Reference Guide to Optimize Employability Interventions with Inuit Clients
In the 2011 census, 59,445 people stated that they were Inuit, about 4.2% of Canada’s entire Aboriginal population. Three quarters of the Inuit population lives in Inuit Nunangat, a huge territory that extends from Northern Labrador to the Northwest Territories. A growing proportion of the Inuit population (22%) lives in urban and rural areas outside of Inuit Nunangat. But Inuit communities across Canada frequently face a variety of social, cultural and economic challenges, particularly in relation to access to housing, education and integration into the job market.
Since 2013, the Regroupement québécois des organismes pour le développement de l’employabilité (RQuODE) has been engaged in research intended to foster entry into the labour force of adult Inuit, particularly in Montreal and Nunavik (Northern Quebec). The study’s first phase, titled “Recherche d’indicateurs pour créer une intervention en employabilité originale, adaptée à la clientèle inuit,” enabled us to document, by means of a literature review and semi-directed interviews, the specifics of employability interventions with Inuit clients from a cultural perspective. The many interviews and interventions taken in the field also brought home the conclusion that there were almost no specific reference guides, tools or measures to foster the integration and ongoing employment of this emerging clientele.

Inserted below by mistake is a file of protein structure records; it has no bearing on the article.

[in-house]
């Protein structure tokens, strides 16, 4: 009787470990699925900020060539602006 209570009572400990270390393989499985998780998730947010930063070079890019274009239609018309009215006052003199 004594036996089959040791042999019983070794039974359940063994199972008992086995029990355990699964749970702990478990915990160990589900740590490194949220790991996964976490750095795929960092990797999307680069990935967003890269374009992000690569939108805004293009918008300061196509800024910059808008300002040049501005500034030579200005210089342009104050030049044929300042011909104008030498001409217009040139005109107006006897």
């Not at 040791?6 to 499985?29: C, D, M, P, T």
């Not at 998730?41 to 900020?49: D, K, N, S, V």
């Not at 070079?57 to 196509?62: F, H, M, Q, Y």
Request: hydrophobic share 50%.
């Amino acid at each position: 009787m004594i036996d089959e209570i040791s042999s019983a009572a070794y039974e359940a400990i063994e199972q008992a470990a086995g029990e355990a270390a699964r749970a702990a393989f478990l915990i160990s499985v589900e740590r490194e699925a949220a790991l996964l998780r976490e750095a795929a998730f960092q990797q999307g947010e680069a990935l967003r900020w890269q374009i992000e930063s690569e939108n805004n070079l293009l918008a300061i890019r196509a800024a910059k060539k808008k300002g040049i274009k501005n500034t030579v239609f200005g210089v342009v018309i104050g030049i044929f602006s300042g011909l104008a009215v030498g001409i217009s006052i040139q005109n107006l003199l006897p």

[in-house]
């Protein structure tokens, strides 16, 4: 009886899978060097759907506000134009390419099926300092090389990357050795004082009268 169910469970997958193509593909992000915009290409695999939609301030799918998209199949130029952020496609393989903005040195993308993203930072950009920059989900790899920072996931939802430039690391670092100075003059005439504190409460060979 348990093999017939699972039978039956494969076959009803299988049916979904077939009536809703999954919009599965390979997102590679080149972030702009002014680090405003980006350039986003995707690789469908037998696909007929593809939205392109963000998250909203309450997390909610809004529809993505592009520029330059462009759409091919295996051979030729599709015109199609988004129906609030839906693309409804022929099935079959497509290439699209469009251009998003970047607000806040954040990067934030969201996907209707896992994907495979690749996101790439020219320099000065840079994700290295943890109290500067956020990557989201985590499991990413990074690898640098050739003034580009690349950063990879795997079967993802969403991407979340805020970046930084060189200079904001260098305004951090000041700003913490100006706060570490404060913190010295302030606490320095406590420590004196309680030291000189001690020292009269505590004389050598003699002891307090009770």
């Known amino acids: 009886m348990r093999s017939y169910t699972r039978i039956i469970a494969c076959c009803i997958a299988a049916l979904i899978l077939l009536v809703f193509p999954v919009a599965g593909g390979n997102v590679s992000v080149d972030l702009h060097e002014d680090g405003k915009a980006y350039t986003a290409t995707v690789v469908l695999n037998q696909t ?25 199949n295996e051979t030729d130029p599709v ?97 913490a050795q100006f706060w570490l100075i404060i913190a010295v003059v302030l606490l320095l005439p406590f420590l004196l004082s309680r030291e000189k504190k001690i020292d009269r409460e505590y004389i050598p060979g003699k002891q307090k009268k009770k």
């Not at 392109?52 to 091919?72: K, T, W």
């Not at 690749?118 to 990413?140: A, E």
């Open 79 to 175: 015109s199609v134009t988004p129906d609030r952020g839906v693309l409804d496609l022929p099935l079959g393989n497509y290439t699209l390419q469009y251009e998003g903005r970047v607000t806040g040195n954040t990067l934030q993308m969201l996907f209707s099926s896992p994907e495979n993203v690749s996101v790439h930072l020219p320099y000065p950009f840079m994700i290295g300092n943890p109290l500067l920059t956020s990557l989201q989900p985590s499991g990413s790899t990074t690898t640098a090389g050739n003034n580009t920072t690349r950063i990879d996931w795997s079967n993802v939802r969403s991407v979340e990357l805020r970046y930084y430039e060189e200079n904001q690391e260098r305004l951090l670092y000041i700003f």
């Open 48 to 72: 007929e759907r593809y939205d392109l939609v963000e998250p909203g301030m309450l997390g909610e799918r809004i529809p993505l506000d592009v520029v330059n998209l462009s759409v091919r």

With support from CERIC and Kativik Regional Government (KRG), RQuODE wishes to identify employability intervention strategies that deliver conclusive results with Inuit clients in order to create an original reference guide tailored to career development practitioners, as phase 2. Although Quebec’s Inuit community is small, the project’s benefits extend well beyond provincial boundaries, as well as the direct benefits associated with employment integration. Integrating Inuit into the job market has a multiplier effect on the social and economic development of families and northern communities by, among other things, encouraging school retention among youth, financial autonomy and the acquisition of healthy life habits. Optimization of intervention methods for Inuit could also enable better integration of this workforce into growth sectors such as natural resource development, including mining and tourism. Furthermore, given the reference guide’s innovativeness, the project could be re-oriented to customize it to the other Inuit communities in the Arctic (phase 3).
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